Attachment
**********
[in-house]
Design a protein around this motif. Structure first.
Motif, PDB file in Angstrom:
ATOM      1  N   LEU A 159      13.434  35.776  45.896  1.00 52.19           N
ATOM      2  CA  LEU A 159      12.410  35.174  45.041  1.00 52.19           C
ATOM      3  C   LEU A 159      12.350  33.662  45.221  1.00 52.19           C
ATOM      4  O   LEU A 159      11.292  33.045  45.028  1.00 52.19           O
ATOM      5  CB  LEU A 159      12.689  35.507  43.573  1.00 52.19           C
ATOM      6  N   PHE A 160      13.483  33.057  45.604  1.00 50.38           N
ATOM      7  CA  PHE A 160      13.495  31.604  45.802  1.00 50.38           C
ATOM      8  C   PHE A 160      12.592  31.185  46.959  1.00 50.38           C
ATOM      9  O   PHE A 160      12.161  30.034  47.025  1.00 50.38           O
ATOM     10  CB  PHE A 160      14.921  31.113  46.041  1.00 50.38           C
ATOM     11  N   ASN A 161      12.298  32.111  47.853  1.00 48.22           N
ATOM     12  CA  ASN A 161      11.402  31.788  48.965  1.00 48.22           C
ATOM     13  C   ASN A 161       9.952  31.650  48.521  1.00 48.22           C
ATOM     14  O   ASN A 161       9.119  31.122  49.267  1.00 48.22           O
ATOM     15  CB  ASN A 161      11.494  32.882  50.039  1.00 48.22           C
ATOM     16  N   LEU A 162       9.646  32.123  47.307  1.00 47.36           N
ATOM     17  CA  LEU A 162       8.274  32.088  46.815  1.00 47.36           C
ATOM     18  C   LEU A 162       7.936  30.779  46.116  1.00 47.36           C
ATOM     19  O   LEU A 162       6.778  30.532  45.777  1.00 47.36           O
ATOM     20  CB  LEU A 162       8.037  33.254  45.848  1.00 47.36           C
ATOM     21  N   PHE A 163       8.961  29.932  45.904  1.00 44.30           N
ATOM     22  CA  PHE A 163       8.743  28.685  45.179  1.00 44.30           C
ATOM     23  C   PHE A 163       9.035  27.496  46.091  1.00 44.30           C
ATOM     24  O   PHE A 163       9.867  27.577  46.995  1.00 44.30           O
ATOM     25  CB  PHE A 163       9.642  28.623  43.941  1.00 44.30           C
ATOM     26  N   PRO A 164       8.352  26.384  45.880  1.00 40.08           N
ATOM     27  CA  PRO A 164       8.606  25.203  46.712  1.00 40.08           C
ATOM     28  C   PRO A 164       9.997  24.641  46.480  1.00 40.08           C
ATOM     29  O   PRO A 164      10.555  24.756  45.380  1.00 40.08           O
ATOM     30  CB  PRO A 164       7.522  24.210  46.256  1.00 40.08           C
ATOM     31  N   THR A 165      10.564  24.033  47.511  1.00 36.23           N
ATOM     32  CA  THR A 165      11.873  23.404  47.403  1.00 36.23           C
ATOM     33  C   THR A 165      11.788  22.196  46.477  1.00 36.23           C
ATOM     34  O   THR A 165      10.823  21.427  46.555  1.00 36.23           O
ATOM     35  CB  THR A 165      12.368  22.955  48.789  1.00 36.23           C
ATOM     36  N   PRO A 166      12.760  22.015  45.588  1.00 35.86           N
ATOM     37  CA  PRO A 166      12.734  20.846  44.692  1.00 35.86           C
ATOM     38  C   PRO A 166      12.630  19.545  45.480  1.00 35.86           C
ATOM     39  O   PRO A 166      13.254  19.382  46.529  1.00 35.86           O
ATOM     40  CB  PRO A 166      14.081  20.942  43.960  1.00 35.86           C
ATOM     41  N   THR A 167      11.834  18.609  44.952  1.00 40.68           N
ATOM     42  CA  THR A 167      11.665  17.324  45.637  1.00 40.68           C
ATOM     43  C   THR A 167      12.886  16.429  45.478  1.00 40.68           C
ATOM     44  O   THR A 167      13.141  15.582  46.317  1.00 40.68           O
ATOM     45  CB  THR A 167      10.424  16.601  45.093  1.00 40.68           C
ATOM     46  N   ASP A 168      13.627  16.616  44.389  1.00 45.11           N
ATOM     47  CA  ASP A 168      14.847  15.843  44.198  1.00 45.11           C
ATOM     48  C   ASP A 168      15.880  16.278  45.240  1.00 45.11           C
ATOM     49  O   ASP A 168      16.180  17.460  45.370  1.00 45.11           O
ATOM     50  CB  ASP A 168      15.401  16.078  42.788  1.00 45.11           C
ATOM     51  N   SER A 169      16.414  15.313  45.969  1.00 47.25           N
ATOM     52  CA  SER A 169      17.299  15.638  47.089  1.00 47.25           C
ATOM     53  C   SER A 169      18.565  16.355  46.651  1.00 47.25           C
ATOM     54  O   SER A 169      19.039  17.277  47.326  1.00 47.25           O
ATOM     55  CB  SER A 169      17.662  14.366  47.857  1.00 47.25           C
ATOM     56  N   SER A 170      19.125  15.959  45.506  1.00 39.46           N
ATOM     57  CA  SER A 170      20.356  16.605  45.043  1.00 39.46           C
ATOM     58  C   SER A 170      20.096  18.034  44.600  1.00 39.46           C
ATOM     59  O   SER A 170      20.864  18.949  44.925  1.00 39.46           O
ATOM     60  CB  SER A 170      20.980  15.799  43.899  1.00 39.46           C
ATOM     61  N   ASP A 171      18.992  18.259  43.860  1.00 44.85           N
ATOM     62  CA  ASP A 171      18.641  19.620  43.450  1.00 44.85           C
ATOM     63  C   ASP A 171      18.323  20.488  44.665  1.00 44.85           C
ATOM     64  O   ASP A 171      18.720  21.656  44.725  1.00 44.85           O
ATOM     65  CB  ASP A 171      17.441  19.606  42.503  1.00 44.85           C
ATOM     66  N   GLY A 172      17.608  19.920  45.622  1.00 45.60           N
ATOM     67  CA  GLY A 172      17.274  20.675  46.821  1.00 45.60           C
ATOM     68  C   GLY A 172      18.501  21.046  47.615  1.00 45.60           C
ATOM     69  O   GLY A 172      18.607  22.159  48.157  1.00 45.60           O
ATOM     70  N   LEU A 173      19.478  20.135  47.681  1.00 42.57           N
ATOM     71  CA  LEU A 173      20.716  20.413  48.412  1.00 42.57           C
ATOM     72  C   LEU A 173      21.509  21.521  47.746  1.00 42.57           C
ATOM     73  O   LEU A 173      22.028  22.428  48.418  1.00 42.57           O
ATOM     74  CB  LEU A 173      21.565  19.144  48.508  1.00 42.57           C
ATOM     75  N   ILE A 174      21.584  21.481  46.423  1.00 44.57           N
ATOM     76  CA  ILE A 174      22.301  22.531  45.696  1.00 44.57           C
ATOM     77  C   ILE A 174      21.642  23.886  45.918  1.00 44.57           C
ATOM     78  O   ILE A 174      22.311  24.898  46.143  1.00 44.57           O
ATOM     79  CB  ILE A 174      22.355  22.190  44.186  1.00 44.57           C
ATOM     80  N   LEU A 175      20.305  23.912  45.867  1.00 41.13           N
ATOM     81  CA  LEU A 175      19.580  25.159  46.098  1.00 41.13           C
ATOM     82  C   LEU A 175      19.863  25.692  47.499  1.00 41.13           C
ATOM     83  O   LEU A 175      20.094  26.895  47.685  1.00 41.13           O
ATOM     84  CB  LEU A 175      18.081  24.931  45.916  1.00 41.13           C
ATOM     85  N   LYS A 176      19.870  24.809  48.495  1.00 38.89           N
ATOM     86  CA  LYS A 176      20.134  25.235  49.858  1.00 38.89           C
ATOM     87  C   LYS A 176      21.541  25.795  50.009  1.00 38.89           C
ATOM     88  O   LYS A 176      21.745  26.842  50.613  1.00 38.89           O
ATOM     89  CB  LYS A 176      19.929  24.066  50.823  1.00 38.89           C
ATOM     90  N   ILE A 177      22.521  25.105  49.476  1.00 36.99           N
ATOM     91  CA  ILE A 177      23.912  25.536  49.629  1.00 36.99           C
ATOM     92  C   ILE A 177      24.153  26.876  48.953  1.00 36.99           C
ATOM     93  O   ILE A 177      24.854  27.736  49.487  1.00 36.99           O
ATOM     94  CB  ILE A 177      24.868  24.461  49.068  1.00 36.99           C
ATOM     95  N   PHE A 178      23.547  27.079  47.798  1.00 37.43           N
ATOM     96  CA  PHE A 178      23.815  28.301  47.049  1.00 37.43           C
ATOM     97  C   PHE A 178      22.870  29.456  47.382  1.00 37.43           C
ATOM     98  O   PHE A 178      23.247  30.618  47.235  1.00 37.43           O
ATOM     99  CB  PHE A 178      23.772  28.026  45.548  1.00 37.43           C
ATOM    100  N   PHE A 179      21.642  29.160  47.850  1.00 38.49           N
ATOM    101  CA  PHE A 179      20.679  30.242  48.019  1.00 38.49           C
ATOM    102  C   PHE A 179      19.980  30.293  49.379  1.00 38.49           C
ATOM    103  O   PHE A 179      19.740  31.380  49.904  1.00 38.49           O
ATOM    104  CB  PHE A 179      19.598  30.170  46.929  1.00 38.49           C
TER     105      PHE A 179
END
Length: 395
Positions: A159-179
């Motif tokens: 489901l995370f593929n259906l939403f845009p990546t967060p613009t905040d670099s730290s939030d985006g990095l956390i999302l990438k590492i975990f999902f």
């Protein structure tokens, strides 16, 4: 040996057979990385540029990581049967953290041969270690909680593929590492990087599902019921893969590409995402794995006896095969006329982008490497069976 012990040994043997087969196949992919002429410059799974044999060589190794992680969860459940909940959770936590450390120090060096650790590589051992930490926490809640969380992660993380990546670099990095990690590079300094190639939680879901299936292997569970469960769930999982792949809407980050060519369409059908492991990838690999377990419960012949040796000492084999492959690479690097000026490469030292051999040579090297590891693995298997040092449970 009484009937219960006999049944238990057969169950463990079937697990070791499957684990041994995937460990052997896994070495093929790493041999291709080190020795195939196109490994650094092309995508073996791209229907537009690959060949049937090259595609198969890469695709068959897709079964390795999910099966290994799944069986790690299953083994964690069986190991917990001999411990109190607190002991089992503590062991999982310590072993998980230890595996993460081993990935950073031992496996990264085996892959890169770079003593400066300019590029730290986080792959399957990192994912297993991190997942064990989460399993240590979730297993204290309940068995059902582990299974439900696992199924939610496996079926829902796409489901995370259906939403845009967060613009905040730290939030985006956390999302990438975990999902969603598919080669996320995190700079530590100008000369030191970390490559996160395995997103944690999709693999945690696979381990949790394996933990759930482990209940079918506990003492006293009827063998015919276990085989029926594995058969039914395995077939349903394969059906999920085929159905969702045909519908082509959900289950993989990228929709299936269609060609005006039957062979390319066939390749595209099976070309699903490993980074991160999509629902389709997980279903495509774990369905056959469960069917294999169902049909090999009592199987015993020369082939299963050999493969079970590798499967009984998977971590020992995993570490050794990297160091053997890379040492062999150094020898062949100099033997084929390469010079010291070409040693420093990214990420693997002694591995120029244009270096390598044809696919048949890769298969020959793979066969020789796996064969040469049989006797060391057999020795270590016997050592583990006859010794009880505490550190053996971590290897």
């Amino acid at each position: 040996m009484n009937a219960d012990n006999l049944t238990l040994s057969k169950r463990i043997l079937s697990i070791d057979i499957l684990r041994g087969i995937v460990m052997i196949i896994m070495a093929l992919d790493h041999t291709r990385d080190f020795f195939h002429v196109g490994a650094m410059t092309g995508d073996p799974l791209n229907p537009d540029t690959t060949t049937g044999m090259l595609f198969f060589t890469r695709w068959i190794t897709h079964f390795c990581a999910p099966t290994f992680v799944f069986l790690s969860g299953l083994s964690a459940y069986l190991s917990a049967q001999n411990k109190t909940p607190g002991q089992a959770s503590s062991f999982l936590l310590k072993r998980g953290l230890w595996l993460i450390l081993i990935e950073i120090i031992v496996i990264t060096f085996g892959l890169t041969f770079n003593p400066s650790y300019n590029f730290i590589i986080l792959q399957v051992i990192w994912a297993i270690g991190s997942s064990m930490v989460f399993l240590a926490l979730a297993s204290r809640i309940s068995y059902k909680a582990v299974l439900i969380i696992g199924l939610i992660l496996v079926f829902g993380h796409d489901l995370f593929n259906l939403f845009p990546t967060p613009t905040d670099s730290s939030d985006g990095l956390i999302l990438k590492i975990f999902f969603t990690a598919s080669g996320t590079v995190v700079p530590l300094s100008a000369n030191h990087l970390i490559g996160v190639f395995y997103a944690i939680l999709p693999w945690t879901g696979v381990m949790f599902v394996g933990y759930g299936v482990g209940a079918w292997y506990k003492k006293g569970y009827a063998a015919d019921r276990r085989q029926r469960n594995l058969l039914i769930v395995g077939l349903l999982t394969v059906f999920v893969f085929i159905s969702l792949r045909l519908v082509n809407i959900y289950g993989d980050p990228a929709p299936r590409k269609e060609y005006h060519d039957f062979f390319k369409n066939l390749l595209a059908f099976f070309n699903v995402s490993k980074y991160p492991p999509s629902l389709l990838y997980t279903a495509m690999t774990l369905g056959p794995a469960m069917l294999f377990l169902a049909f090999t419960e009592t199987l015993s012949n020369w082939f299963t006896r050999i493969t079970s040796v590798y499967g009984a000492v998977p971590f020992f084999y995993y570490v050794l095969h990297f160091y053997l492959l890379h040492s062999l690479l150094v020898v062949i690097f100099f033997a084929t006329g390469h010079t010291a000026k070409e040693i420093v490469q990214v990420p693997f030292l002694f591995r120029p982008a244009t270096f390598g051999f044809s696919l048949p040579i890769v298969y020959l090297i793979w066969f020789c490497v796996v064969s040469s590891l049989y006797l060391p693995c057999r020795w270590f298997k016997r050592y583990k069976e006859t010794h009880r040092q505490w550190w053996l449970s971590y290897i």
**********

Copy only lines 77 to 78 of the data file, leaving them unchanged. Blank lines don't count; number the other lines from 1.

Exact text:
ATOM     74  CB  LEU A 173      21.565  19.144  48.508  1.00 42.57           C
ATOM     75  N   ILE A 174      21.584  21.481  46.423  1.00 44.57           N